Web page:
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InnateDB: facilitating systems-level analyses of the mammalian innate immune response.

Although considerable progress has been made in dissecting the signaling pathways involved in the innate immune response, it is now apparent that this response can no longer be productively thought of in terms of simple linear pathways. InnateDB ( has been developed to facilitate systems-level analyses that will provide better insight into the complex networks of pathways and interactions that govern the innate immune response. InnateDB is a publicly available, manually curated, integrative biology database of the human and mouse molecules, experimentally verified interactions and pathways involved in innate immunity, along with centralized annotation on the broader human and mouse interactomes. To date, more than 3500 innate immunity-relevant interactions have been contextually annotated through the review of 1000 plus publications. Integrated into InnateDB are novel bioinformatics resources, including network visualization software, pathway analysis, orthologous interaction network construction and the ability to overlay user-supplied gene expression data in an intuitively displayed molecular interaction network and pathway context, which will enable biologists without a computational background to explore their data in a more systems-oriented manner.

Pubmed ID: 18766178 RIS Download

Mesh terms: Animals | Computational Biology | Databases, Factual | Humans | Immunity, Innate | Internet | Signal Transduction | Software | Systems Biology

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This is a list of tools and resources that we have found mentioned in this publication.

Integrating Network Objects with Hierarchies

INOH (Integrating Network Objects with Hierarchies) is a pathway database of model organisms including human, mouse, rat and others. In INOH, the term pathway refers to higher order functional knowledge such as relationships among multiple bio-molecules that constitute signal transduction pathways or biological events in general. As most part of this knowledge resides in scientific articles, the database focuses on curating and encoding textual knowledge into a machine-processable form. The system provides pathway information as a composite of biological events, since functional knowledge is usually described as a set of fragmented processes. Each event is annotated with entries of a event ontology, which also has links to GO.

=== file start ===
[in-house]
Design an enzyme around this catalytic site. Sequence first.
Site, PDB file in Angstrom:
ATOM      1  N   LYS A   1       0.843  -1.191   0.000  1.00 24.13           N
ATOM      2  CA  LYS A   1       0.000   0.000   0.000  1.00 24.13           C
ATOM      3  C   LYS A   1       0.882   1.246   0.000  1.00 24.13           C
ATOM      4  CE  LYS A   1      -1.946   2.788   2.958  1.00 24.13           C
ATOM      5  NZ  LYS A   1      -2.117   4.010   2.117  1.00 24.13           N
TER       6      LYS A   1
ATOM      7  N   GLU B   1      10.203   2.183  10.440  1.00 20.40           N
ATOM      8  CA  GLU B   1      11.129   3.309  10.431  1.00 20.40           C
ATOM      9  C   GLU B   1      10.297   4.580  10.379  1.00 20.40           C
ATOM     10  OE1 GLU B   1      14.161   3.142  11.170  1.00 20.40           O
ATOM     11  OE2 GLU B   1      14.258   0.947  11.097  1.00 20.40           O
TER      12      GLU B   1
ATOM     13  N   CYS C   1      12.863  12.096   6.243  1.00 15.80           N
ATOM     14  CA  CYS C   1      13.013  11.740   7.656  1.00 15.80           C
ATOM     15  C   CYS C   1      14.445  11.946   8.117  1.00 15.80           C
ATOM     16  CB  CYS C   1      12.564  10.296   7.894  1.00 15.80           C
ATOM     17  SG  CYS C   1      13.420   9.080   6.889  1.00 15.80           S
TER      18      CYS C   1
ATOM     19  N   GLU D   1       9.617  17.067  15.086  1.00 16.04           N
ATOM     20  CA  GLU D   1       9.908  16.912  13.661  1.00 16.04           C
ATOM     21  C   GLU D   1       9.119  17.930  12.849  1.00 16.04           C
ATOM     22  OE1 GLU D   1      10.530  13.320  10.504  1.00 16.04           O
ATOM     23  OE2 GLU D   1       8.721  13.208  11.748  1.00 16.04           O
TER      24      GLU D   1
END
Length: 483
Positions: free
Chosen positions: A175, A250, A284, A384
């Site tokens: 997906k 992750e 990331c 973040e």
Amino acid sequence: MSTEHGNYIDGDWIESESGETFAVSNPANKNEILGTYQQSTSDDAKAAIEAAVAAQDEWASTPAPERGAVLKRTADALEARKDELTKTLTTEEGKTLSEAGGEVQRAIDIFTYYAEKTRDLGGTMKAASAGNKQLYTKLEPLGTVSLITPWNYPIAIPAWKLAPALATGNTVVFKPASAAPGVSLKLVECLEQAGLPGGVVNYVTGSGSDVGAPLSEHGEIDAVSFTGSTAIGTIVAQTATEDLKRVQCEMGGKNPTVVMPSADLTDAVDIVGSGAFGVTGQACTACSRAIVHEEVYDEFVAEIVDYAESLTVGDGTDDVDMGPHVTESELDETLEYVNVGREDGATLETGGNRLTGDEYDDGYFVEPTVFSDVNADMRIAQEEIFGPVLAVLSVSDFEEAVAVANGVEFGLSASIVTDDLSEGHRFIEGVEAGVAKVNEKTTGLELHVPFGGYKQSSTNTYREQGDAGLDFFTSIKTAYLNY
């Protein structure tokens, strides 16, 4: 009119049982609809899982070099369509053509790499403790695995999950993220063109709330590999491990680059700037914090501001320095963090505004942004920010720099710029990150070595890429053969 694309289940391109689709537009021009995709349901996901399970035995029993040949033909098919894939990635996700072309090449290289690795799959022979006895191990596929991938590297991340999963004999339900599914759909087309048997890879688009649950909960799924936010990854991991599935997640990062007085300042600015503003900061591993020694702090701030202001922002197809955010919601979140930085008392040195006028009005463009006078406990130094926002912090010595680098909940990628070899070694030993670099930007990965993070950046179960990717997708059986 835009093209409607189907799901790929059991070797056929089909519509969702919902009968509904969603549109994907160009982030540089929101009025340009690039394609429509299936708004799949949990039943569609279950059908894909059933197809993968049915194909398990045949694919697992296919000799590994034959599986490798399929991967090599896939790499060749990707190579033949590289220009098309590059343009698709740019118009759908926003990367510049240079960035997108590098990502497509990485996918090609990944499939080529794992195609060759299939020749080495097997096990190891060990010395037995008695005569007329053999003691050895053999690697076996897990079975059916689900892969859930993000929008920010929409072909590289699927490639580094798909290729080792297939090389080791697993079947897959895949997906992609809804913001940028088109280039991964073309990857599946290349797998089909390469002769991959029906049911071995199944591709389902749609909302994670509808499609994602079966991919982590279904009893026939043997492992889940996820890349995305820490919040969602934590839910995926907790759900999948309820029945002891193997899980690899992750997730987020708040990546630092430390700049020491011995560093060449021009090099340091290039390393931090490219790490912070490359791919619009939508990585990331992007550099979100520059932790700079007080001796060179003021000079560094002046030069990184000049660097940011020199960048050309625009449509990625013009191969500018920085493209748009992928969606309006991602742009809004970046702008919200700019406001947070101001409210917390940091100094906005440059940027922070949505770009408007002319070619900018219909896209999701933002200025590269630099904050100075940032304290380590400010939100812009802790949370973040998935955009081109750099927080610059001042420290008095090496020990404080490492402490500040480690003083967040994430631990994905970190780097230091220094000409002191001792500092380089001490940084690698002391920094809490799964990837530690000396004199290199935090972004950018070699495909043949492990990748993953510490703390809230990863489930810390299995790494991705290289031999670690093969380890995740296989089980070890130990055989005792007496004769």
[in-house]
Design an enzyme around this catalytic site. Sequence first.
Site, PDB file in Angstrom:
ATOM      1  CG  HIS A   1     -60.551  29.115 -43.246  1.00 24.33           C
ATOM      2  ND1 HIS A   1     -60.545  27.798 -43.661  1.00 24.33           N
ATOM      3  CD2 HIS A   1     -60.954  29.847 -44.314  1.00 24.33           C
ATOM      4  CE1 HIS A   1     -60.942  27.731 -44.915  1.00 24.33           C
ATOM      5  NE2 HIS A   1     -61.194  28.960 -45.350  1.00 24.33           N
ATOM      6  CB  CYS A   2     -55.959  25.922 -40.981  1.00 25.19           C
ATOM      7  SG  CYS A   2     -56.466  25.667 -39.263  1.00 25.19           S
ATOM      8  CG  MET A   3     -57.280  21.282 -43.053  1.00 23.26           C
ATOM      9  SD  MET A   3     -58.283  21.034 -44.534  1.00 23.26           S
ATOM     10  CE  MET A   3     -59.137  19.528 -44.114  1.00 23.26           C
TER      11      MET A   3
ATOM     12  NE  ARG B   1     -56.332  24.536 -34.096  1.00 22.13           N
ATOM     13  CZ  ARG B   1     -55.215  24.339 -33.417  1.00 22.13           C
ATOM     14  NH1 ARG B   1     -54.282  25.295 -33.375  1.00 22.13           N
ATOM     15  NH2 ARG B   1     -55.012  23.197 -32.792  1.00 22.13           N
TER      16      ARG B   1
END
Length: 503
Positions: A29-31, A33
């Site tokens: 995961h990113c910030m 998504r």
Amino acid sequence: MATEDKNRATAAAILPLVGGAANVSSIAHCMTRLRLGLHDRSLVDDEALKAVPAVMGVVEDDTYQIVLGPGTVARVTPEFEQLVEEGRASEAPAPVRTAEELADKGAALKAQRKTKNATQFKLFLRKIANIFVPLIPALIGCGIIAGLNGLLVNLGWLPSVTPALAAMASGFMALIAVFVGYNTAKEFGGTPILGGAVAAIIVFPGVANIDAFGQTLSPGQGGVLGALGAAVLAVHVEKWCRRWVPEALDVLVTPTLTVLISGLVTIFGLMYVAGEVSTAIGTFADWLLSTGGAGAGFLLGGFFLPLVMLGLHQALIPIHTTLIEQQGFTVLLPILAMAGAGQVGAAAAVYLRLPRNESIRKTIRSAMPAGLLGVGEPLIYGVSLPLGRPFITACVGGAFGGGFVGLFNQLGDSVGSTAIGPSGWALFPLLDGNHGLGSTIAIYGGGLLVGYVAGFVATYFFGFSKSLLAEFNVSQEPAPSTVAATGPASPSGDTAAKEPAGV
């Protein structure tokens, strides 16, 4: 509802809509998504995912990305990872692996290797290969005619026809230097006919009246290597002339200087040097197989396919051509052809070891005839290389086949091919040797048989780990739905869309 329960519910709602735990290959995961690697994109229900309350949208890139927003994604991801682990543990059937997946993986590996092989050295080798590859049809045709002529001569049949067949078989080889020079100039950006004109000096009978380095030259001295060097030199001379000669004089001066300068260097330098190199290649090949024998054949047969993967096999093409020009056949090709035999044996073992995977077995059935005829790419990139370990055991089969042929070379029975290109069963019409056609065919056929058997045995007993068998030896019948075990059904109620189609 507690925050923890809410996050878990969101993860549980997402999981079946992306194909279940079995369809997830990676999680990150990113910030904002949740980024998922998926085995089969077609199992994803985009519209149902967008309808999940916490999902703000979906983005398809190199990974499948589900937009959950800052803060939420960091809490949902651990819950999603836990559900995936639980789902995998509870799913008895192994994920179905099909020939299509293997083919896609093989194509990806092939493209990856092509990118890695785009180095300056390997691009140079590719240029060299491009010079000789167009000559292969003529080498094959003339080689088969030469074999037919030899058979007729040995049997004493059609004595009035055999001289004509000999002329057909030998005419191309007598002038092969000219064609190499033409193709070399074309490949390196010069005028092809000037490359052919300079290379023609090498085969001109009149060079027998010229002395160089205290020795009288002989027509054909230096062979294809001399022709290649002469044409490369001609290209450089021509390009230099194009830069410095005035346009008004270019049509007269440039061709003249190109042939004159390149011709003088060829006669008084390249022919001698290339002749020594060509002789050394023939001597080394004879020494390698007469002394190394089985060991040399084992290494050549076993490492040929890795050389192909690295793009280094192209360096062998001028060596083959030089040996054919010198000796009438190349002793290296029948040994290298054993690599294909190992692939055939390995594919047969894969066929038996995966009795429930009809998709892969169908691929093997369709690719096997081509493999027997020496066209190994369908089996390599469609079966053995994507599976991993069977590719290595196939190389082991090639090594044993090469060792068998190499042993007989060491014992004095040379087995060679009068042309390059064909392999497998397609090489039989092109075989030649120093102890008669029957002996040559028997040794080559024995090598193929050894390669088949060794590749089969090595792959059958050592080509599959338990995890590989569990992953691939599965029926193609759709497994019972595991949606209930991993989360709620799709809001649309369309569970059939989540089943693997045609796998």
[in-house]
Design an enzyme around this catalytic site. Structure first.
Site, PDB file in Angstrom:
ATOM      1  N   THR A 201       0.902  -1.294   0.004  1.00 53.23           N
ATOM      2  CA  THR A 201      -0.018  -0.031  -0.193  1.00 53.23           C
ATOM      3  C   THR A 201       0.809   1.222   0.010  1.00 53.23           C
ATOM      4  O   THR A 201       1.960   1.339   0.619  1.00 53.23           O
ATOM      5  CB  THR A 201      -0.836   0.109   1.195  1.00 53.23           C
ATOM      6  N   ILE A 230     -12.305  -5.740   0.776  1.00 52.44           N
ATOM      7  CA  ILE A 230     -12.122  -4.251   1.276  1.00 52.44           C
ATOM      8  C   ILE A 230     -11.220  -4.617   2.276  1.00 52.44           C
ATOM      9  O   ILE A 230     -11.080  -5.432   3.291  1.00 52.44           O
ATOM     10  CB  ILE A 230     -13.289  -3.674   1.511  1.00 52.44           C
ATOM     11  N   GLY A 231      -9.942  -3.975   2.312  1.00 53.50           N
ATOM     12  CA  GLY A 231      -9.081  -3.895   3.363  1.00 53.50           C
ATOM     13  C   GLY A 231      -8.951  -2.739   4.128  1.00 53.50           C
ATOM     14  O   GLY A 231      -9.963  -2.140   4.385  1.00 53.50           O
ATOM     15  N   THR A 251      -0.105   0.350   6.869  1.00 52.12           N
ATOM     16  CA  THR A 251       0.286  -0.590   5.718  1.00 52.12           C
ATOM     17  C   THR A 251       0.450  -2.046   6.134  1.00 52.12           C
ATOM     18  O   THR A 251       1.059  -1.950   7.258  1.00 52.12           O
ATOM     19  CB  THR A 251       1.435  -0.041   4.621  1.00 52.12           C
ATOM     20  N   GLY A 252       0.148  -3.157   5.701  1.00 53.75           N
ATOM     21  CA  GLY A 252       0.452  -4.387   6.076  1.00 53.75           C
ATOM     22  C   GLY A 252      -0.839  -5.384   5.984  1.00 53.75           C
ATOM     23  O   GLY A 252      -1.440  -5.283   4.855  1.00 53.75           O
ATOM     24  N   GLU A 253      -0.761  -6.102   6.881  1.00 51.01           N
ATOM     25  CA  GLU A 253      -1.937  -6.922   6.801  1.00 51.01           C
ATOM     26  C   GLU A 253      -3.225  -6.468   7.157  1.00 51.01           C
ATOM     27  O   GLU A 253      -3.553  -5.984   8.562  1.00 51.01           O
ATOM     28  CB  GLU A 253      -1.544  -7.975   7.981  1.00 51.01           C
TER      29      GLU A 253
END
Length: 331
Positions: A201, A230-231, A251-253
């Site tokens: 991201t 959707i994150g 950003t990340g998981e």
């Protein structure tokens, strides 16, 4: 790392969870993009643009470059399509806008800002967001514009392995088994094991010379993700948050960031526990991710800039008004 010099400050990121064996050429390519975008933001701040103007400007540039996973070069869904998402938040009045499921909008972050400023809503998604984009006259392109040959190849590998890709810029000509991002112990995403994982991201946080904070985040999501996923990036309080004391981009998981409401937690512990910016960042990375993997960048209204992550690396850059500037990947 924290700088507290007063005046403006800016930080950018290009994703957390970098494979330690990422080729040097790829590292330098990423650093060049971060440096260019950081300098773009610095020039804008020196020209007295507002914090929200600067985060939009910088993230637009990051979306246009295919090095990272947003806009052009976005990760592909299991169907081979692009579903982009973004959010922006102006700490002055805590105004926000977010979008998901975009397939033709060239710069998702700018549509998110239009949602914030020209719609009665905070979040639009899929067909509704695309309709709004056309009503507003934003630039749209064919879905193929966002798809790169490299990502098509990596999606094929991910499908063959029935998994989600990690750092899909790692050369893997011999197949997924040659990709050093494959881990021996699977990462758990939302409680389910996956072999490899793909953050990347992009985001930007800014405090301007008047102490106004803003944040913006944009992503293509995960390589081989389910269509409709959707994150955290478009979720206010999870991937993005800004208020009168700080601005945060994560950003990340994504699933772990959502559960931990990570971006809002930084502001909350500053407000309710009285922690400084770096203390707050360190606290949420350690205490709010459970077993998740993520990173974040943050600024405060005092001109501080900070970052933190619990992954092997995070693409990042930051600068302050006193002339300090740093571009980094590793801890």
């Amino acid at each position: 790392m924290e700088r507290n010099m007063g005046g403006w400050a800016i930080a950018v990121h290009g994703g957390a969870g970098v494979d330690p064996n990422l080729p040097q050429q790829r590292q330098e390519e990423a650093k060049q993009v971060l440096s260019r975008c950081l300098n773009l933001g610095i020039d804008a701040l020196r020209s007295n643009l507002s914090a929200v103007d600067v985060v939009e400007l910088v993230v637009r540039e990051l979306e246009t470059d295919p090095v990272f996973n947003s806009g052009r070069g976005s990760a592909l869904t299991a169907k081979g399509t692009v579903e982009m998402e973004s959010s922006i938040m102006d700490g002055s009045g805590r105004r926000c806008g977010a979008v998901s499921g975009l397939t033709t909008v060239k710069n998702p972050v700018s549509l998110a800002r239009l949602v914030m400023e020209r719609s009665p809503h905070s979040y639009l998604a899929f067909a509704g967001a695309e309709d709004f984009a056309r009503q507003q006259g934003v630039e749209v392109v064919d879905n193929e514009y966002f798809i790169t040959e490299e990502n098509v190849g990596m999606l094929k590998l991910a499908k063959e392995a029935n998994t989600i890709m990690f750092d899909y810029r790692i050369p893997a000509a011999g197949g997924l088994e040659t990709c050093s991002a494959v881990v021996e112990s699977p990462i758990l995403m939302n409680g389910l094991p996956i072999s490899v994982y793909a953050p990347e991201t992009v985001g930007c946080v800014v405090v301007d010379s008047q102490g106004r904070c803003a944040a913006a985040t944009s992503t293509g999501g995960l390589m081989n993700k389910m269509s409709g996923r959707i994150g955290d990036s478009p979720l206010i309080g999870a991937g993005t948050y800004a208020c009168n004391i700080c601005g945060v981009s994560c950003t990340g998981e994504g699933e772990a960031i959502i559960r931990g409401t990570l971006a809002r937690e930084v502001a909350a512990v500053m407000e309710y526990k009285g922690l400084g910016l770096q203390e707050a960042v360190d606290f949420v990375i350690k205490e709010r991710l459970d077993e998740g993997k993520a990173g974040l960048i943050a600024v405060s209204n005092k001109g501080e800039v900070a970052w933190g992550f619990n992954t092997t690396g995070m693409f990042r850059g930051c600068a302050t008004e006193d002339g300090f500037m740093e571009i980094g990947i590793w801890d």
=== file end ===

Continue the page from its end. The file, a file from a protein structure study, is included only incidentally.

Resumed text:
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A collection of genome databases for vertebrates and other eukaryotic species with DNA and protein sequence search capabilities. The goal of Ensembl is to automatically annotate the genome, integrate this annotation with other available biological data and make the data publicly available via the web. The range of available data has also expanded to include comparative genomics, variation and regulatory data. Ensembl allows users to: upload and analyze data and save it to an Ensembl account; search for a DNA or protein sequence using BLAST or BLAT; fetch desired data from the public database, using the Perl API; download the databases via FTP in FASTA, MySQL and other formats; and mine Ensembl with BioMart and export sequences or tables in text, HTML, or Excel format. The DNA sequences and assemblies used in the Ensembl genebuild are provided by various projects around the world. Ensembl has entered into an agreement with UCSC and NCBI with regard to sequence identifiers in order to improve consistency between the data provided by different genome browsers. The site also links to the Ensembl blog with updates on new species and sequences as they are added to the database.